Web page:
Despite our long-time interest in optics, developing LIGHT KEEPER came with its fair share of complexity. Our lens is based on the beautiful fresnels seen in lighthouses, but its intention is opposite: instead of focusing light and beaming it over a great distance, it divides and refracts light, moving it in rainbow waves across the landscape.
In our pursuit of rainbows, we built several prototypes and prism machines, casting spectral light near and far before we were satisfied with our designs.
Most of our experiments took place at Blank Page Studios, the home base of Studio North. We spent many a night beaming light out the window, in pursuit of visibility and focus. It was important to compare our light experiments to the brightness of streetlamps and passing cars.
Our research and development included rainbow consultations, and we owe a debt of gratitude to Photon Wizard in San Francisco for his magical guidance. Despite being known to us through instagram alone, he took an hour one afternoon to skype walk us through rainbow-making techniques (including the difficulty of obtaining proper greens) and the origin of the illusive fuschia (a combination of two rainbows where violet overlaps with red).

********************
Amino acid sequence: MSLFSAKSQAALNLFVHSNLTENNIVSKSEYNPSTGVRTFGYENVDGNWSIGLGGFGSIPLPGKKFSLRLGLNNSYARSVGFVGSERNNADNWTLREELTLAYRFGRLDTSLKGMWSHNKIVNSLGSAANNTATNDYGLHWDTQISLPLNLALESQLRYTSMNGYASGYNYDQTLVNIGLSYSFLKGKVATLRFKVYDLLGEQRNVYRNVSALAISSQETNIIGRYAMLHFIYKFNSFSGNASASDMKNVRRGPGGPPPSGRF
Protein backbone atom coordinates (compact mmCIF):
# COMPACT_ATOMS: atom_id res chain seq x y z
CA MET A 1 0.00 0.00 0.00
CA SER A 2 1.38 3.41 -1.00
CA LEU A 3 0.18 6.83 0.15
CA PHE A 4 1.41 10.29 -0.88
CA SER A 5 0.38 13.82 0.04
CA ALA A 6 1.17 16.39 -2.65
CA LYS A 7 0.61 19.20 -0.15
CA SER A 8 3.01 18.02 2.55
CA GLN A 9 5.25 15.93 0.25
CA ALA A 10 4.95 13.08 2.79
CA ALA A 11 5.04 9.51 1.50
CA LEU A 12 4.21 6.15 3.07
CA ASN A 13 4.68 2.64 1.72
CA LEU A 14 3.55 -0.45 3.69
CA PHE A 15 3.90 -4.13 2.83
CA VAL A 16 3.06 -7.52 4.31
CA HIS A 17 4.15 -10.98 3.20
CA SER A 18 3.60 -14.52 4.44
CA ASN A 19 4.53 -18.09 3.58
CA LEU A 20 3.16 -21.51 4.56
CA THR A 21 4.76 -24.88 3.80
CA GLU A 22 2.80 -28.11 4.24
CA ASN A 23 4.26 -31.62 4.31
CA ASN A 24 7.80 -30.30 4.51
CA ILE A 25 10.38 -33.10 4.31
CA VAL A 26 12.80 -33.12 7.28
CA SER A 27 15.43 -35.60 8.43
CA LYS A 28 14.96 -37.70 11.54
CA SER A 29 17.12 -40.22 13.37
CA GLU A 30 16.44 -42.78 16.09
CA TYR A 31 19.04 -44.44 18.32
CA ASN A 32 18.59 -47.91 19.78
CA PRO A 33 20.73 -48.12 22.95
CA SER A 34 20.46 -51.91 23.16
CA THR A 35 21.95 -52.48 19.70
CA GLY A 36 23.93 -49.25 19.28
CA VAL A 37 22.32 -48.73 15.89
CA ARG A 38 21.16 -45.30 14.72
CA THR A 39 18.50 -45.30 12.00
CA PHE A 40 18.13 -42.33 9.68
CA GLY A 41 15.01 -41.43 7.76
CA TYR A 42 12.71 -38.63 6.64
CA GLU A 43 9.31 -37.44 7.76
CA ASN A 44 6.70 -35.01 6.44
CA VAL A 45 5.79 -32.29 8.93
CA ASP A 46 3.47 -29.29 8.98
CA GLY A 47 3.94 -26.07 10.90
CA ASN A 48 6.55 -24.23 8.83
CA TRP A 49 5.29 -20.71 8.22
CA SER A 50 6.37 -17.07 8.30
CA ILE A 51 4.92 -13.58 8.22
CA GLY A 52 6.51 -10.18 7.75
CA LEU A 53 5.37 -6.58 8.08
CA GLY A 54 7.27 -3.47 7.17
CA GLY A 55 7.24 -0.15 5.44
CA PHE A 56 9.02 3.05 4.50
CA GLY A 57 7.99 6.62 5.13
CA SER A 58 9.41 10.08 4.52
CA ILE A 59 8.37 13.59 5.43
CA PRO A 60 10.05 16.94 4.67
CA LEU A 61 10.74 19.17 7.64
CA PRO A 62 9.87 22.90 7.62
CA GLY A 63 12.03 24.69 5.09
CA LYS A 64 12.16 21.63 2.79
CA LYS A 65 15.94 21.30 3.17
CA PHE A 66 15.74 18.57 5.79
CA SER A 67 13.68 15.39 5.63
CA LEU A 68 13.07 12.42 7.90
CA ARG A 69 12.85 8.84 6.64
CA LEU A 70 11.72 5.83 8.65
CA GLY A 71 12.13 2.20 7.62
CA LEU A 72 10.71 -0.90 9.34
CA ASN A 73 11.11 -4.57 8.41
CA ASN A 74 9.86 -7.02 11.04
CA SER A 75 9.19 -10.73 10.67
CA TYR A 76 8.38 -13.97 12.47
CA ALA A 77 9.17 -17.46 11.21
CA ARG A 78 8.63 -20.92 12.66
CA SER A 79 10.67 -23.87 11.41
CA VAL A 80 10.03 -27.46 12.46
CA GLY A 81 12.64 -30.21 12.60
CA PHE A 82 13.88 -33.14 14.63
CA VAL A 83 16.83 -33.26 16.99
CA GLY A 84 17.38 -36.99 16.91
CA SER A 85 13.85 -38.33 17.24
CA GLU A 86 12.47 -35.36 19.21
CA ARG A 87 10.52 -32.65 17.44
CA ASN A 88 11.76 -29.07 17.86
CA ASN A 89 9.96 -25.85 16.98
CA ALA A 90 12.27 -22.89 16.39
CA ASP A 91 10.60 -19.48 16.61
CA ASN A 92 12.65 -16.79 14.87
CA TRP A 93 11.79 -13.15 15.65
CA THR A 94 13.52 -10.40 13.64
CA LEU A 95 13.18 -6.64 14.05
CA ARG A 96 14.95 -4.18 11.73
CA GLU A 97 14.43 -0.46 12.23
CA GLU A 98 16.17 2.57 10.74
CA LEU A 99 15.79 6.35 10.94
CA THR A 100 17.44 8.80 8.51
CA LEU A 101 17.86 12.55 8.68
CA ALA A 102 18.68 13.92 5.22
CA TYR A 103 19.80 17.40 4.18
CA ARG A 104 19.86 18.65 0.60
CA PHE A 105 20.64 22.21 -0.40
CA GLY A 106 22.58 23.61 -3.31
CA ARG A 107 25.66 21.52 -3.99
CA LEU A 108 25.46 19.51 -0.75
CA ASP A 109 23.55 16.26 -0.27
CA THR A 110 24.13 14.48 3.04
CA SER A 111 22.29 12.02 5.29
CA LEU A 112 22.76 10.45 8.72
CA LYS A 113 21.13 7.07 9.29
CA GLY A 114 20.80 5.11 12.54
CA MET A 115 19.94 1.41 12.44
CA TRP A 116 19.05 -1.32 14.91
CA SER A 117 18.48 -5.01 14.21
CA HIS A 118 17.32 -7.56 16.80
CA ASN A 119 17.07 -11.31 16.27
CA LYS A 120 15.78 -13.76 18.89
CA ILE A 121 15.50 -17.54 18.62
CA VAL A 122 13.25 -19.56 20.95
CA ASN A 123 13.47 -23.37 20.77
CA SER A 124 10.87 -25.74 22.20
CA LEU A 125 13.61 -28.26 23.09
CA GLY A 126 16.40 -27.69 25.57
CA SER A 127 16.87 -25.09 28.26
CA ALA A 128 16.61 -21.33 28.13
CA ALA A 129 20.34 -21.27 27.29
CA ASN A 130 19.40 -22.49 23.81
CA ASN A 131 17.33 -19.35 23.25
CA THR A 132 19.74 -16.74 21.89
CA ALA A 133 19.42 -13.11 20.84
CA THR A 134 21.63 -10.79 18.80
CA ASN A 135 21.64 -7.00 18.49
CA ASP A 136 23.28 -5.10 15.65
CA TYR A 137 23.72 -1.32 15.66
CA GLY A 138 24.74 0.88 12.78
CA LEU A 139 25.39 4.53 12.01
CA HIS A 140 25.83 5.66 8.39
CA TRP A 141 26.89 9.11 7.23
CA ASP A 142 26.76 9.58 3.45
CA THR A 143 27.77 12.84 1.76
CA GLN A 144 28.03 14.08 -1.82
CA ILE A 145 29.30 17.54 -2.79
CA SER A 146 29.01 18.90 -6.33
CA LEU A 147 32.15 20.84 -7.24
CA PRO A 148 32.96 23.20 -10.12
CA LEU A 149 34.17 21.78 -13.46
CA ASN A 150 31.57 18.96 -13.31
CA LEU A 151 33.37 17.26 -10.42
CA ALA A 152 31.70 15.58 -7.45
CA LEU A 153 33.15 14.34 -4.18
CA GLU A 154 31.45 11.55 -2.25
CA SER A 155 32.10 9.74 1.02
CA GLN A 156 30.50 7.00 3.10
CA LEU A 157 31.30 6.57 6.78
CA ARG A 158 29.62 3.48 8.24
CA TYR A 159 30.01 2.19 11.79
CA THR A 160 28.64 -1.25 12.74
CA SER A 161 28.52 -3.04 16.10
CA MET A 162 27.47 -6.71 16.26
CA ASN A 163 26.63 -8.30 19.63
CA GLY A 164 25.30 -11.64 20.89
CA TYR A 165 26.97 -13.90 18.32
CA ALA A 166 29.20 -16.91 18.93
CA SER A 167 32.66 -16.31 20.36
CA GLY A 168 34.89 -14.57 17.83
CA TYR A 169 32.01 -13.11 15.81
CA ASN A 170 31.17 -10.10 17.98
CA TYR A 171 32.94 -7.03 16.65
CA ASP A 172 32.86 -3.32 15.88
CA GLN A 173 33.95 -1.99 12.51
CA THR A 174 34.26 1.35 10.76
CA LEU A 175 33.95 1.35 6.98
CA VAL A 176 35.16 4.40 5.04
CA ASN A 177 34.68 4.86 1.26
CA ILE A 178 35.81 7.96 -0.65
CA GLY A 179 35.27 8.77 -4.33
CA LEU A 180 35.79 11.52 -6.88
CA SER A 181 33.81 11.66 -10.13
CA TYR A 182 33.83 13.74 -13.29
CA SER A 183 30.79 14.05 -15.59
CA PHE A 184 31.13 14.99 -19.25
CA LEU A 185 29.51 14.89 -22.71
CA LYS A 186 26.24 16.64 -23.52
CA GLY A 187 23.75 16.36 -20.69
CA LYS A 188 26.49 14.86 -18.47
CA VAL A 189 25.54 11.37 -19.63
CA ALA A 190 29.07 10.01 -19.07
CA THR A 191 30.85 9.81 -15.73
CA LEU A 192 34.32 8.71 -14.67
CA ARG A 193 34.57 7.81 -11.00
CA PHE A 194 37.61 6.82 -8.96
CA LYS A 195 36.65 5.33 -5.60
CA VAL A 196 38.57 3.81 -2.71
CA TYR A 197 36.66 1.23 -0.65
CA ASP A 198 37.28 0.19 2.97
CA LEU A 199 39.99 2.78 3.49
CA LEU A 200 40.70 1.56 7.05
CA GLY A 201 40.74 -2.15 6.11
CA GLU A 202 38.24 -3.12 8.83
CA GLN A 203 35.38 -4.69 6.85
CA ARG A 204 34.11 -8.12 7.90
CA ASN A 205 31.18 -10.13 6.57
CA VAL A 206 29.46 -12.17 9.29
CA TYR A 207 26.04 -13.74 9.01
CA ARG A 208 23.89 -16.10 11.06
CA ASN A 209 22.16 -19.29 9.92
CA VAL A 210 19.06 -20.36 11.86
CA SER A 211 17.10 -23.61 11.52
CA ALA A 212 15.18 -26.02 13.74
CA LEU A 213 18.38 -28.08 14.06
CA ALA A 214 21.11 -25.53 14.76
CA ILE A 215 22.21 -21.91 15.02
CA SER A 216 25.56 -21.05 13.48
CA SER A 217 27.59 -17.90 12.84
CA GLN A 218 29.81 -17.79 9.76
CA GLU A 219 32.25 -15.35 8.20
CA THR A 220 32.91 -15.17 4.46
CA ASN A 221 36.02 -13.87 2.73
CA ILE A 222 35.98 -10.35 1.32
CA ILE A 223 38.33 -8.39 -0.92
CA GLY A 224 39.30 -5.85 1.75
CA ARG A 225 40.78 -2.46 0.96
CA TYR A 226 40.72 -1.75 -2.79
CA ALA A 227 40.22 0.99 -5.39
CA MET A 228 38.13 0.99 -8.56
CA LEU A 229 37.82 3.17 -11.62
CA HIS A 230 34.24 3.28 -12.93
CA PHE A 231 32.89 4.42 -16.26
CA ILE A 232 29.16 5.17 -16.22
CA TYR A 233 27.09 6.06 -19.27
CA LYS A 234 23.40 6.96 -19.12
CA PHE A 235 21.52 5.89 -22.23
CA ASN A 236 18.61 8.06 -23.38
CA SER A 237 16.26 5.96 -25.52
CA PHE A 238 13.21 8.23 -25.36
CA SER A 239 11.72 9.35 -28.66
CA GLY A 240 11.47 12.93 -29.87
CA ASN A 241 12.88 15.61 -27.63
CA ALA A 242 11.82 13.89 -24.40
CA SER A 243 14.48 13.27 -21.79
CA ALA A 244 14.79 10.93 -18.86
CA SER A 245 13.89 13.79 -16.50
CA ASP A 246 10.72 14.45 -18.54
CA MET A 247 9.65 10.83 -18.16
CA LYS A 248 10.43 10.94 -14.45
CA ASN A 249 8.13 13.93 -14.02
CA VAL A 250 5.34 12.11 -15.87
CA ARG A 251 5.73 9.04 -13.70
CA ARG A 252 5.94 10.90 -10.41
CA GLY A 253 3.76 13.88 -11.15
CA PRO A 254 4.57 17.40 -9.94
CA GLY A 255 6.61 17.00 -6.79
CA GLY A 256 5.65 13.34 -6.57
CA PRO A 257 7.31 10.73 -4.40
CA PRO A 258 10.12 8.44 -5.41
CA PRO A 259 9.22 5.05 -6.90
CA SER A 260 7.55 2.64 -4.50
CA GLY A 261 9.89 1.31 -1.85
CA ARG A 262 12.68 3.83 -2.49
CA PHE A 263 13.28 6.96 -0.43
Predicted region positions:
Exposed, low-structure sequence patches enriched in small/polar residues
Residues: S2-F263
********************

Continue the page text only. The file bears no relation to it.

Along with our research, Photon Wizard’s suggestions for properly angling our prisms saved us much trial and error.
Studio North is a growing design + build practice in Calgary, and as such, we were lucky (speaking from the perspective of Caitlind & Wayne) to tap into their network of colleagues, employees, and interns.
A handful of their Studio invested effort into this project, including Damon, Brighton, and more, but we owe special gratitude to Nicolas Hamel, a design student who interned with Studio North, and spent much time rising to the challenge of the LIGHT KEEPER with insight, skill, and lateral thinking.
Every prototype brought us a bit closer to satisfaction. The final lens for LIGHT KEEPER is modest but powerful, projecting handsome rainbows as intended. We could not have reached this point without a series of prototypes, each a little better than the last.